I am now 80 years old and my medical condition is deteriorating, so I have decided that my designs should be documented to allow others to build my U/Tronics Control (U/T) units. I will start with the single-channel unit, with the multichannel (four to seven channels) encoder and decoder units to follow. I coined the name U/Tronics Control in 1982. U/Tronics Control stands for U/Control (Control Line or CL) with electronics added. All UT units are designed for use with standard, not digital, servos.
To verify the accuracy of these instructions, I asked Mike Boucher if he would build a set of units if I supplied all of the material. Mike agreed, and after each unit was built, he shipped it to me for testing. All three units that Mike built worked right out of the box.
I want to thank Mike for taking on this project. There are three other people who deserve a big thank-you: Mike’s wife, Robin, and his daughter, Rachael, for allowing Mike to do this, and my wife, Pat, who has put up with my hobbies for 55 years. Thank you, ladies!
The typical use of a U/T single-channel unit is for throttle control for your CL model without needing to switch to a three-line control system. It even works if the insulated lines are slack! They can be used in CL Scale, CL Navy Carrier, and CL sport flying.
When teaching a new or rusty pilot, if he or she gets dizzy, you can slow the airplane or cut the engine completely and land. It is fun to do multiple touch-and-gos in a single flight.
The U/T single-channel unit is controlled by varying the resistance between the brown and green wires with 0 ohms giving an output pulse width of 0.9 milliseconds every 20 milliseconds and 10K ohms, giving an output pulse width of 2.1 milliseconds every 20 milliseconds. This will control almost any analog servo or ESC.
Study the pictures while reading the instructions. I have 60 years of experience in electronics, so I will try to not leave any “obvious” steps out.
Saw the board from the prototyping perfboard material, and make sure the saw teeth cut from the circuit (copper) side first. If cutting from the component side, copper paths may be pulled from the board.
I cut the boards by sawing through the next set of holes and then filing the edges smooth. You can make seven boards at a time from the 35 paths across the prototyping perfboard.
Select and bevel one corner as shown in Drawing 1. This will give you an index mark to know which end is up when you turn the board over. You can put paint or tape on the corner to serve as an index marker if you wish.
Following Drawing 1, cut the copper paths in seven places. There is .06 inch of space between holes. Try to remove .015 to .02 inch of copper centered between the holes. I use a sharp #11 blade and pull it firmly twice across the path in two places and then use the point to pick the copper off the board between the cuts.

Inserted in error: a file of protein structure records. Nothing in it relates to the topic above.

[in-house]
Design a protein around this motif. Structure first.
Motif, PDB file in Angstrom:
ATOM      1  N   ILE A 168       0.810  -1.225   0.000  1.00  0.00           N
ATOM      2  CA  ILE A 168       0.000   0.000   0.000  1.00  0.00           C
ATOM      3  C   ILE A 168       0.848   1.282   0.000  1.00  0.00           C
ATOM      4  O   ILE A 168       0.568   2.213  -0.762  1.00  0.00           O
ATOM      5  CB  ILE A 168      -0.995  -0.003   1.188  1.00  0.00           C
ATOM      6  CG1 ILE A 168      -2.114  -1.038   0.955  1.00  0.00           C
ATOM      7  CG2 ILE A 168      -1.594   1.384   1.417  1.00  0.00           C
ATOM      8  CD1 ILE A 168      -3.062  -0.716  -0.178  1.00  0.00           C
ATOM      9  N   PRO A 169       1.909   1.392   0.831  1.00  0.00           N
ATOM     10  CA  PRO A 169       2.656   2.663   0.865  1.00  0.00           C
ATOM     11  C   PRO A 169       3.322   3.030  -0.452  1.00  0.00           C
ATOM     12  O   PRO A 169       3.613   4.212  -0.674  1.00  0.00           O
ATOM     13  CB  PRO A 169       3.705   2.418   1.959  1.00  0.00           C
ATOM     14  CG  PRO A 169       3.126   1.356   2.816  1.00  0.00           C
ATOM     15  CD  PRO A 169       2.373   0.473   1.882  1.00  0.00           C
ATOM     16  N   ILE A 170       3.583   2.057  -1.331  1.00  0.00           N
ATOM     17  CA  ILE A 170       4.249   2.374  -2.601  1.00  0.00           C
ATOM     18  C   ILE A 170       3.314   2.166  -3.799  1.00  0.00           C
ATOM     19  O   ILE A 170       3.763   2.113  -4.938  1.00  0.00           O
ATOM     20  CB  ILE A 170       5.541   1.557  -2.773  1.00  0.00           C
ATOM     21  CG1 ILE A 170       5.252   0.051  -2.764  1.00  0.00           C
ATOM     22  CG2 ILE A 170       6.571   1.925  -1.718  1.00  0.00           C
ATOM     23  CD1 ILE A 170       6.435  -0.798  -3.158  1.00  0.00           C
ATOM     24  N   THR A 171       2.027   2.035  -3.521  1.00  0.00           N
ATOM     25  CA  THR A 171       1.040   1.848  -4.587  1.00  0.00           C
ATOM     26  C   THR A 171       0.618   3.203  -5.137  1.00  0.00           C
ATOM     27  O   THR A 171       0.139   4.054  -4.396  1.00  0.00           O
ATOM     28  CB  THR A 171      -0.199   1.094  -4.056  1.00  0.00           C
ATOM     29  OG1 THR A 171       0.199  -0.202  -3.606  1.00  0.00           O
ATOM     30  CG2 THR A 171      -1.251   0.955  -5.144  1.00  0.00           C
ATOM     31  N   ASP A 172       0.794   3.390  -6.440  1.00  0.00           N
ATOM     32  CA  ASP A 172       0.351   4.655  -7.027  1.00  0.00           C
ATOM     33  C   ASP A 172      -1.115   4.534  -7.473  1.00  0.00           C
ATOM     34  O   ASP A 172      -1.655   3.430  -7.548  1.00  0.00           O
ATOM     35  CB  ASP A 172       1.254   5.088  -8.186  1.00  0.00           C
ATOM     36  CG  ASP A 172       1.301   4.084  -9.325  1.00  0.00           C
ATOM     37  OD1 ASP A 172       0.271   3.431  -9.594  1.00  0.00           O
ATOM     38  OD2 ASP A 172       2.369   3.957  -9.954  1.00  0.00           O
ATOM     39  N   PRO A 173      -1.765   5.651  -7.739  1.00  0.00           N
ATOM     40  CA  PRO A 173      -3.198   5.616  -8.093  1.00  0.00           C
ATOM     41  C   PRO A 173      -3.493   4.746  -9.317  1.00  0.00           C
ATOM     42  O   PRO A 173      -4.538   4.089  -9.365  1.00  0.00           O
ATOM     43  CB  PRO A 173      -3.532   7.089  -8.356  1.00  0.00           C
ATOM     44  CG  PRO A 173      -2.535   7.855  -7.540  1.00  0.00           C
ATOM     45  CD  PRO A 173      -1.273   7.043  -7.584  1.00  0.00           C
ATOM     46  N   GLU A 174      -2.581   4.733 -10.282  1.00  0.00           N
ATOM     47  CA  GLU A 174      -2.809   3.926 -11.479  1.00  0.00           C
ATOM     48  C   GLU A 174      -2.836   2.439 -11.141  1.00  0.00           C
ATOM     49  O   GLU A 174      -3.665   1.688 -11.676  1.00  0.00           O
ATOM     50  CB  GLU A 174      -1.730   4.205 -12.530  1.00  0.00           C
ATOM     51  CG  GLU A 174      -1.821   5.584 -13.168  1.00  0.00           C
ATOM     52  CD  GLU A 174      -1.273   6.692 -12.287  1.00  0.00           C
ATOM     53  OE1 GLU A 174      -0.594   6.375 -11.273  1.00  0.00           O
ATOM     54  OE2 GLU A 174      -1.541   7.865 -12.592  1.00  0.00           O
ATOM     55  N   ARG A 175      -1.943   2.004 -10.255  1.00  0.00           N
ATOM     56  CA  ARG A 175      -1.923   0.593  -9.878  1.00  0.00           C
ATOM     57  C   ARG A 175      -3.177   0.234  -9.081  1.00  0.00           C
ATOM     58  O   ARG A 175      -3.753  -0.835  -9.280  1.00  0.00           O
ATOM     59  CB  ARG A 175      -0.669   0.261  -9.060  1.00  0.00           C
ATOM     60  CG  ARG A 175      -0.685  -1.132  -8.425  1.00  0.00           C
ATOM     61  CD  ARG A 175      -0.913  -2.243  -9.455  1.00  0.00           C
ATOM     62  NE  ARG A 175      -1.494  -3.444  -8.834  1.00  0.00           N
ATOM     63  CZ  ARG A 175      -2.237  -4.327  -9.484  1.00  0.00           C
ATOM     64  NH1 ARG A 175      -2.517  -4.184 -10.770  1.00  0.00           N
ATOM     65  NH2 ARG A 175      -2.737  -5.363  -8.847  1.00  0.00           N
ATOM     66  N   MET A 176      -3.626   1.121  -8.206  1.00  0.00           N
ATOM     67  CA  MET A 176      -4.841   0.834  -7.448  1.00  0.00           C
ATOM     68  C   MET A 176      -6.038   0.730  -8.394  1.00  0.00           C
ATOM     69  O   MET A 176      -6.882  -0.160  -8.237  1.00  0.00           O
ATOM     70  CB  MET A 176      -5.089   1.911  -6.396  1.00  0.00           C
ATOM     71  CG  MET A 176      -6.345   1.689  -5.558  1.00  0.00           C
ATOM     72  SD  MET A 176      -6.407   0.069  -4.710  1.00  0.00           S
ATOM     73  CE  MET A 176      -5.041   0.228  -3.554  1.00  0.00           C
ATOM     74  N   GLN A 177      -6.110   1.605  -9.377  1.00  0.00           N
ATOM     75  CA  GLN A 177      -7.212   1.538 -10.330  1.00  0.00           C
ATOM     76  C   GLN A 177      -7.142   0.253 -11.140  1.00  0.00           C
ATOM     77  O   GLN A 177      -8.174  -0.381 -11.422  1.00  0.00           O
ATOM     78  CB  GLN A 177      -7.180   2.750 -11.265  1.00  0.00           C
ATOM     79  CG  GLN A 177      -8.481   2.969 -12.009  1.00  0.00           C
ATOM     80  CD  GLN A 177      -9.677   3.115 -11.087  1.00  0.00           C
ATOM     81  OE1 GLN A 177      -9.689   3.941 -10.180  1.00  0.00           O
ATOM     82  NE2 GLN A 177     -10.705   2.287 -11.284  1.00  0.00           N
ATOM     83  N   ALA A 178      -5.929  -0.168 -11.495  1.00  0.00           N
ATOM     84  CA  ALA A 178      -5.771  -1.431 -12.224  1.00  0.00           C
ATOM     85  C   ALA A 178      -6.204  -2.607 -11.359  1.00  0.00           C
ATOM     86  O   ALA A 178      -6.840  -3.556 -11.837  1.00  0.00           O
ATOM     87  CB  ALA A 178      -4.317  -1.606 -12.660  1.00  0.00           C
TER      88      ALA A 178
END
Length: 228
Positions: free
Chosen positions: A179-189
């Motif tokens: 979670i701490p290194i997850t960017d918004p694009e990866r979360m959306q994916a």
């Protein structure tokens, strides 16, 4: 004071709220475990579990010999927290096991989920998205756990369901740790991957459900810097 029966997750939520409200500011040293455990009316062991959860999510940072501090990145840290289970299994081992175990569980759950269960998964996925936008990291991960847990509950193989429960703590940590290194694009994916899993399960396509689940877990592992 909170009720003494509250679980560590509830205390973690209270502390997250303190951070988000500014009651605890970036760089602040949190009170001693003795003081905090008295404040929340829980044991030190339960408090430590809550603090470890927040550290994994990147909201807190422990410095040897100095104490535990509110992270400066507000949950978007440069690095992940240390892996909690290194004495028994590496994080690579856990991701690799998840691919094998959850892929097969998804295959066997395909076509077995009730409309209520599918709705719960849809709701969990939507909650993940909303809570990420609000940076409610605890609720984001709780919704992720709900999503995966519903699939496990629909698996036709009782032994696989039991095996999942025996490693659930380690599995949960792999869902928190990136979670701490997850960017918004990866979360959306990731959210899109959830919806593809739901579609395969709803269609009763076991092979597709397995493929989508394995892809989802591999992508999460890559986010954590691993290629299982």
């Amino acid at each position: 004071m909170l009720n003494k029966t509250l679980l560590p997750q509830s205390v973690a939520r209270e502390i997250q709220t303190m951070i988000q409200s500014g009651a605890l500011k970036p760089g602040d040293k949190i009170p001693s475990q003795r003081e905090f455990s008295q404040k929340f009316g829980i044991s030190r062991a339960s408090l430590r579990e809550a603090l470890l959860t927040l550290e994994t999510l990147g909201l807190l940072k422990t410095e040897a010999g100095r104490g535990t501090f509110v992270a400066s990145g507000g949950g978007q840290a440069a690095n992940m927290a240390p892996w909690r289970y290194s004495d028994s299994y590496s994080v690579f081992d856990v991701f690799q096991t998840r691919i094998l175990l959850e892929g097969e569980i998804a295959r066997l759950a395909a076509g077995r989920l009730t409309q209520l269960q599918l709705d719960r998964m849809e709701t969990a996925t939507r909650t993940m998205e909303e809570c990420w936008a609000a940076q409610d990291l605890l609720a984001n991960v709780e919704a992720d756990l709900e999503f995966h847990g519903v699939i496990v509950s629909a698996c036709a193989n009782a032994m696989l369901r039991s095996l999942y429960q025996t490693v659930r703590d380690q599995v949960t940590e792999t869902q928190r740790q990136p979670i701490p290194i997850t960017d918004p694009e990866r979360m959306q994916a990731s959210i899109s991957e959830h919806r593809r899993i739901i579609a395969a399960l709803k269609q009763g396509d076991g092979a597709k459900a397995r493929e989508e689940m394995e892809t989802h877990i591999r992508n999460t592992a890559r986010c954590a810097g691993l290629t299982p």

Using a permanent marker, mark the location for Pin 1 of the 555 Timer IC on the component side of the board at the hole indicated in Drawing 2.
Inspect the board to verify that the paths are completely cut and a gap exists between the ends of the cut paths. The best way is to hold the board up with the circuit side toward you in front of a bright light.
Note that all jumpers, components, and wires are inserted from the component side and soldered on the circuit side of the board. Always wipe the old solder off of the soldering iron tip before soldering each wire or component. I use a damp cellulose sponge to wipe my soldering iron tip. Do not exceed 10 seconds on any one solder joint!
Cut to length, form, install, and solder two bare wire jumpers per Picture 2 and Drawing 2. After soldering each component or wire, trim the excess length flush with the solder on the board’s circuit side (see Picture 2).
Cut to length two insulated solid copper-wire jumpers, strip both ends 1/4-inch, then form, install, and solder as shown in Picture 2 and Drawing 2. Form the insulated wires around, not across, the bare wires.
Warning: Before handling any integrated circuit (IC) or transistor, always touch a grounded piece of metal to reduce the chance of static electricity damaging the IC or transistor.
Proper IC orientation is determined by the location of the indexing notch in the end of its case, which is at the pin 1 end of the package. Insert the 555 Timer IC on the component side of the board with pin 1 in the proper hole. Start one row of pins in their proper holes, then using the back side of an X-Acto knife blade, press the other row of pins inward to allow them to enter the correct row of holes. The spring tension in the pins will hold the IC in position for soldering.
Verify that the pins are in the correct holes and that the IC is down against the board or wires that pass under the IC. Solder the IC pins on the circuit side of the board. Visually inspect the board for solder bridges between paths.